Abstract

This study analyzes the effect of a downzoning policy on both the probability and the density of residential development using a difference-in-differences (DID) approach. Spatially explicit panel data on subdivisions are exploited to estimate average treatment effects for downzoned areas. Our results indicate that although downzoning does not significantly alter the probability of development, it does strongly affect the density of development. The DID model results suggest that the lower probability of development in agricultural zoning relative to the urban residential control area is not attributable to downzoning but rather to baseline differences that exist prior to policy adoption.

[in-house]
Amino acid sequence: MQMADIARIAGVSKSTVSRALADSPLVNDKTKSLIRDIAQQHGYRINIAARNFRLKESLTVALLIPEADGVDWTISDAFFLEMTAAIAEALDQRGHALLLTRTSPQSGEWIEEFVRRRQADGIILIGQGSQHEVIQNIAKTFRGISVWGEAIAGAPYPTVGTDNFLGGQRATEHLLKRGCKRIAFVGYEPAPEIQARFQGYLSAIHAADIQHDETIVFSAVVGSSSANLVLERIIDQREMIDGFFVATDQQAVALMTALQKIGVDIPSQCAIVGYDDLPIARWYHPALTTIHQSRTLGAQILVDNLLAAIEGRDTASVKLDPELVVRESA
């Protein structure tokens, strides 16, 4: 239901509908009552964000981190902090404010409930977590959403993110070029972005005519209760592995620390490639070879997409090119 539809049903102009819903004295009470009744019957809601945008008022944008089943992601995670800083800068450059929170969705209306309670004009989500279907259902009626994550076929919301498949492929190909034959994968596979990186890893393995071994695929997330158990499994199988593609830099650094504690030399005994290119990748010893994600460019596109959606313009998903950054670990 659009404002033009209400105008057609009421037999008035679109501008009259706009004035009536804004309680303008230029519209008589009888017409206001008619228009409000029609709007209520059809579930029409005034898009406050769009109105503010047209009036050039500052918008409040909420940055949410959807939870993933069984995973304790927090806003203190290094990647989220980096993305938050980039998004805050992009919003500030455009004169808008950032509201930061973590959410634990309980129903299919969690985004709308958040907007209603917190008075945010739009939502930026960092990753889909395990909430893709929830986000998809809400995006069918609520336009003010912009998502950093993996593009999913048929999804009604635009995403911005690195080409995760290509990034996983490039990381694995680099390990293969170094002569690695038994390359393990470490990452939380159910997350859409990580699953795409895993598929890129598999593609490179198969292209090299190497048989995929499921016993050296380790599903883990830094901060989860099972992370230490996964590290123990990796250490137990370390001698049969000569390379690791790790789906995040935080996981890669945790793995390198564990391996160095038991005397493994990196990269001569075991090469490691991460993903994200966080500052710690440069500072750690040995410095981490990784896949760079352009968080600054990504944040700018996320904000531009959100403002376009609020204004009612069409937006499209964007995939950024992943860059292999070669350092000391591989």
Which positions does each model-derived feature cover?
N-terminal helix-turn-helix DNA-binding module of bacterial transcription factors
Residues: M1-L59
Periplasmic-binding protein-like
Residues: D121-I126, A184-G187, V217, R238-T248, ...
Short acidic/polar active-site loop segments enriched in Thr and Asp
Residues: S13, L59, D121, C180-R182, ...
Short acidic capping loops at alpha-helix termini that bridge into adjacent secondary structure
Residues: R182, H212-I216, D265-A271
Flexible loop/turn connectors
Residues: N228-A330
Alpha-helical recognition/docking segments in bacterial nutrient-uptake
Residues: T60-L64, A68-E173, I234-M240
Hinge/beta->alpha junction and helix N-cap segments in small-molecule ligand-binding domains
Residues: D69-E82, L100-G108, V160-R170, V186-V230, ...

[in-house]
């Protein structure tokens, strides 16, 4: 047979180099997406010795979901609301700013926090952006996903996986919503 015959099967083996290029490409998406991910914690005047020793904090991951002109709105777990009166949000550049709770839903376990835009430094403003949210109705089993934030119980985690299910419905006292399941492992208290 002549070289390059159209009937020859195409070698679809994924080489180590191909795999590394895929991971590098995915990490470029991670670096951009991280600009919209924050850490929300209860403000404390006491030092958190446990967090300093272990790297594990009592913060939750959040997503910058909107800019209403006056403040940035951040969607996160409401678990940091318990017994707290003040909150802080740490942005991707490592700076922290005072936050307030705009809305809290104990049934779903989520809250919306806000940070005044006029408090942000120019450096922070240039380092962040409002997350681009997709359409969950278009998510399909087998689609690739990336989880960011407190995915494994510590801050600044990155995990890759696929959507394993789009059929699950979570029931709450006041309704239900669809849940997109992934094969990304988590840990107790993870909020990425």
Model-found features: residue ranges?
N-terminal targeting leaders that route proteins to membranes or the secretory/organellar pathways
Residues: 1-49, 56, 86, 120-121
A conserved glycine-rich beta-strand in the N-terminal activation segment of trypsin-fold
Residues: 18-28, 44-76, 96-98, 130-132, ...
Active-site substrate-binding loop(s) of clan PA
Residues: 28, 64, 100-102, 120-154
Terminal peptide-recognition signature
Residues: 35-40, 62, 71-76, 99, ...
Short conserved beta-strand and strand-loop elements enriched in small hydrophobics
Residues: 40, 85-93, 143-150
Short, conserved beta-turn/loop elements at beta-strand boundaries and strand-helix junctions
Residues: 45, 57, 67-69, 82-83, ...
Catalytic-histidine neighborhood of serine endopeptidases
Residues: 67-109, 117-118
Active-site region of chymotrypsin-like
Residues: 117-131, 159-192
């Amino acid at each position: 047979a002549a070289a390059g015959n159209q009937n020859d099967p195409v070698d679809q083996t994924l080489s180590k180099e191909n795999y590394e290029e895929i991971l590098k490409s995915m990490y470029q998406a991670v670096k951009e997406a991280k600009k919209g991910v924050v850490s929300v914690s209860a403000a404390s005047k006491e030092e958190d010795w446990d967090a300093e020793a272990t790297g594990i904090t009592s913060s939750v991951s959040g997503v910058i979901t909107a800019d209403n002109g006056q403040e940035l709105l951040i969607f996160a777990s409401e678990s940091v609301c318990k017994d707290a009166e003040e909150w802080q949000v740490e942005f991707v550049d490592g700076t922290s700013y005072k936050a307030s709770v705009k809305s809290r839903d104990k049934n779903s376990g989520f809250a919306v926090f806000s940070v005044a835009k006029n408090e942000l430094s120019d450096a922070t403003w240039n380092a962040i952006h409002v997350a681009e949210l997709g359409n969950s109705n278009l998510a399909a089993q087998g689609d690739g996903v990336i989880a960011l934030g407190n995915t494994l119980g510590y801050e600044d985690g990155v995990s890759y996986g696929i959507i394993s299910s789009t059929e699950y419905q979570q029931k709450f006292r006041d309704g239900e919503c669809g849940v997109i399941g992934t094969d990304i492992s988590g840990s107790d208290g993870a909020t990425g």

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Additional Information

ISSN
1543-8325
Print ISSN
0023-7639
Pages
pp. 220-236
Launched on MUSE
2016-03-29
Open Access
No
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